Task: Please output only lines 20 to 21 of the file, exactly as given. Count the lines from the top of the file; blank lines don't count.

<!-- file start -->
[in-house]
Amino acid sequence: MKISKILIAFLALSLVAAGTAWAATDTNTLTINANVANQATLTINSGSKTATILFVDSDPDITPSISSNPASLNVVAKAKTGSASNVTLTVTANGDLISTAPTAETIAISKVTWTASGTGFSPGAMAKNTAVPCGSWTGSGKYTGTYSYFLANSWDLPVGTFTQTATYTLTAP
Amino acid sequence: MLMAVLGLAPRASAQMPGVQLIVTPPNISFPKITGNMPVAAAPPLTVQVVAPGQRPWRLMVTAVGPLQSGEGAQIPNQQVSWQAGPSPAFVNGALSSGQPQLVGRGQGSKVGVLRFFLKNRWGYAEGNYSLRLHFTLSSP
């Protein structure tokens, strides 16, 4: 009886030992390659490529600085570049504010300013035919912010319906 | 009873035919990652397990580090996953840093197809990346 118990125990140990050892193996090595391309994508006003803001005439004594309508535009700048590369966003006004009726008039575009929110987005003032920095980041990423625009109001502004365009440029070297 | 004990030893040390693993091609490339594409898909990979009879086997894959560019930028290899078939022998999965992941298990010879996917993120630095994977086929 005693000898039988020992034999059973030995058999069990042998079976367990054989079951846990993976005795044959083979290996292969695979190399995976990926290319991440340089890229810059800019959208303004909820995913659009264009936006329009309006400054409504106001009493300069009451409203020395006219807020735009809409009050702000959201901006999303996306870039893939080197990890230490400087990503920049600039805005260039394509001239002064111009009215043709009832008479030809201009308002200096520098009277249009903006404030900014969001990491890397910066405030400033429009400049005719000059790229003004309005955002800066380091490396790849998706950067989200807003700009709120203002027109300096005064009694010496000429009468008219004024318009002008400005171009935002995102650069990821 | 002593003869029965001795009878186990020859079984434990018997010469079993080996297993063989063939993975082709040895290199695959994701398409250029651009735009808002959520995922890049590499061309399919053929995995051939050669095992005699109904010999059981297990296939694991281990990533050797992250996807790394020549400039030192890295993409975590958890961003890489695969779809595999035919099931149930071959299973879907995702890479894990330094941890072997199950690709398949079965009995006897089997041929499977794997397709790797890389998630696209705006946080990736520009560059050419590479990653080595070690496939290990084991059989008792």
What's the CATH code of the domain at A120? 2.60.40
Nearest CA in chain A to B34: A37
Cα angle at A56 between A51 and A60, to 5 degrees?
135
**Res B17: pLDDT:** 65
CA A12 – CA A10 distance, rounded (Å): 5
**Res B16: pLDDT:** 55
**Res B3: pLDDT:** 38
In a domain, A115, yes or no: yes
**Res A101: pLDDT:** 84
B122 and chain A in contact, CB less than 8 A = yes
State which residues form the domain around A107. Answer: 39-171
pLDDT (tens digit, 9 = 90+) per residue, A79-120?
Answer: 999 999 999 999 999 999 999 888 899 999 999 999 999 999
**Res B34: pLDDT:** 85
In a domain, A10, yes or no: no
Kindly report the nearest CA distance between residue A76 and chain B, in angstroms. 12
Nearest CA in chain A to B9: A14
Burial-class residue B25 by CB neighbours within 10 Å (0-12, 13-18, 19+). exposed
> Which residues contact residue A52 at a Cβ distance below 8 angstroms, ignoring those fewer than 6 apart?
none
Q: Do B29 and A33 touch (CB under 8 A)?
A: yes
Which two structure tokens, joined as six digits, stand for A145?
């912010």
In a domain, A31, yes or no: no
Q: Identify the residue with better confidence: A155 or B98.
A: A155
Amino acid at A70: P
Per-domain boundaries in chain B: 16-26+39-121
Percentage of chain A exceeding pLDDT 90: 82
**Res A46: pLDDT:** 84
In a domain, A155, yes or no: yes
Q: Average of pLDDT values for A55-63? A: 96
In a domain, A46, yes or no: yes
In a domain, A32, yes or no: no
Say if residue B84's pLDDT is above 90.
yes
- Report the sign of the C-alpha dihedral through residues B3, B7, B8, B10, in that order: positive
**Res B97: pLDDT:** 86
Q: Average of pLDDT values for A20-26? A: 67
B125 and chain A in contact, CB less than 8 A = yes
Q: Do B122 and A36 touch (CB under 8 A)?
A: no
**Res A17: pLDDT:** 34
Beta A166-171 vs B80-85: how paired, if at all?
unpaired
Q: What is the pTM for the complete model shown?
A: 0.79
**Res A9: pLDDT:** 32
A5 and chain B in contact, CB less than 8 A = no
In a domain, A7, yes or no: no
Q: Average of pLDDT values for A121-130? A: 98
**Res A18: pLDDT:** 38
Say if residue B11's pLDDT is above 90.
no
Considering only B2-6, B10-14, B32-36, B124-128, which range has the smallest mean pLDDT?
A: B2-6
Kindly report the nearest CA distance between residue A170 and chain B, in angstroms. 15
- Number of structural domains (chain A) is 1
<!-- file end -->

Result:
In a domain, A10, yes or no: no
Kindly report the nearest CA distance between residue A76 and chain B, in angstroms. 12